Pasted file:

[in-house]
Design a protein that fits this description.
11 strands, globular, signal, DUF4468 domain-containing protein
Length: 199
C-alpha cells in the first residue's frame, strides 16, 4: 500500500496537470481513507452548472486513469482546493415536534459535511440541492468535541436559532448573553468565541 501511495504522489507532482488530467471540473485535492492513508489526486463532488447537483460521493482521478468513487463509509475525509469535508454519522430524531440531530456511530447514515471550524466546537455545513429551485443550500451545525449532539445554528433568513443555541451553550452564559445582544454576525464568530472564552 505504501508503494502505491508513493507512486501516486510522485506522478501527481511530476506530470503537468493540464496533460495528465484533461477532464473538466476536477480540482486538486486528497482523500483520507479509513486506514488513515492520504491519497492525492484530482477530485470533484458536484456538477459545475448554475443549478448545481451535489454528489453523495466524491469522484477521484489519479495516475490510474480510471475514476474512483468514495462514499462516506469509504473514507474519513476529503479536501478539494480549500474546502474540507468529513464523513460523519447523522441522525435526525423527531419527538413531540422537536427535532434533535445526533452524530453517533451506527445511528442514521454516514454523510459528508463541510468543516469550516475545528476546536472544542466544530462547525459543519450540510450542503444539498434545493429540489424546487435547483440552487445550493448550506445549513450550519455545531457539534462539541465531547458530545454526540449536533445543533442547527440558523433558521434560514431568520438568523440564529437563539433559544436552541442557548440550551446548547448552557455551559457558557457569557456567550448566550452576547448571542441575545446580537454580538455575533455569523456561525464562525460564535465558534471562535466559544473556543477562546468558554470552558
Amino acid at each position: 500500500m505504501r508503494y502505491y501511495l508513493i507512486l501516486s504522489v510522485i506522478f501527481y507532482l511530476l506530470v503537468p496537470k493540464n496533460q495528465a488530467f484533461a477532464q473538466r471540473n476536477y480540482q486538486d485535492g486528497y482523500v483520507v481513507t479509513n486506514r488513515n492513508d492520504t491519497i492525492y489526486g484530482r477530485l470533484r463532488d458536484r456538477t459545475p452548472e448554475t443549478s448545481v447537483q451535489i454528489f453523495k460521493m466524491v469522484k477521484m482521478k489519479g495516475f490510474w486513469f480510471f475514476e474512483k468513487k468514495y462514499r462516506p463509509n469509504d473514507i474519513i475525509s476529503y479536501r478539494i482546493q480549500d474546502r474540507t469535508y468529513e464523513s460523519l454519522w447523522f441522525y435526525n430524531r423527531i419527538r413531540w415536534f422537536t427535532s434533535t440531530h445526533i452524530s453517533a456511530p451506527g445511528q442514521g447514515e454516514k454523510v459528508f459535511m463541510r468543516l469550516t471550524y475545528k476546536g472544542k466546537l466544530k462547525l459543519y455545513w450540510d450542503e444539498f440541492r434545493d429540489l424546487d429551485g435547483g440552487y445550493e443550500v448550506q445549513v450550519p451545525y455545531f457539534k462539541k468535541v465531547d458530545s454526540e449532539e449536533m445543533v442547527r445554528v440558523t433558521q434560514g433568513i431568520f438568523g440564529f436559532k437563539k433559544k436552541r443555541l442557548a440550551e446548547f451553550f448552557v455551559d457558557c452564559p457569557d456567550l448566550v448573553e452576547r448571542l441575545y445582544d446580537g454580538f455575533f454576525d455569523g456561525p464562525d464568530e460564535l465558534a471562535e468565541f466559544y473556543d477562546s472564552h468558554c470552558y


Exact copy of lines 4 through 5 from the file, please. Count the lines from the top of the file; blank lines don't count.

Length: 199
C-alpha cells in the first residue's frame, strides 16, 4: 500500500496537470481513507452548472486513469482546493415536534459535511440541492468535541436559532448573553468565541 501511495504522489507532482488530467471540473485535492492513508489526486463532488447537483460521493482521478468513487463509509475525509469535508454519522430524531440531530456511530447514515471550524466546537455545513429551485443550500451545525449532539445554528433568513443555541451553550452564559445582544454576525464568530472564552 505504501508503494502505491508513493507512486501516486510522485506522478501527481511530476506530470503537468493540464496533460495528465484533461477532464473538466476536477480540482486538486486528497482523500483520507479509513486506514488513515492520504491519497492525492484530482477530485470533484458536484456538477459545475448554475443549478448545481451535489454528489453523495466524491469522484477521484489519479495516475490510474480510471475514476474512483468514495462514499462516506469509504473514507474519513476529503479536501478539494480549500474546502474540507468529513464523513460523519447523522441522525435526525423527531419527538413531540422537536427535532434533535445526533452524530453517533451506527445511528442514521454516514454523510459528508463541510468543516469550516475545528476546536472544542466544530462547525459543519450540510450542503444539498434545493429540489424546487435547483440552487445550493448550506445549513450550519455545531457539534462539541465531547458530545454526540449536533445543533442547527440558523433558521434560514431568520438568523440564529437563539433559544436552541442557548440550551446548547448552557455551559457558557457569557456567550448566550452576547448571542441575545446580537454580538455575533455569523456561525464562525460564535465558534471562535466559544473556543477562546468558554470552558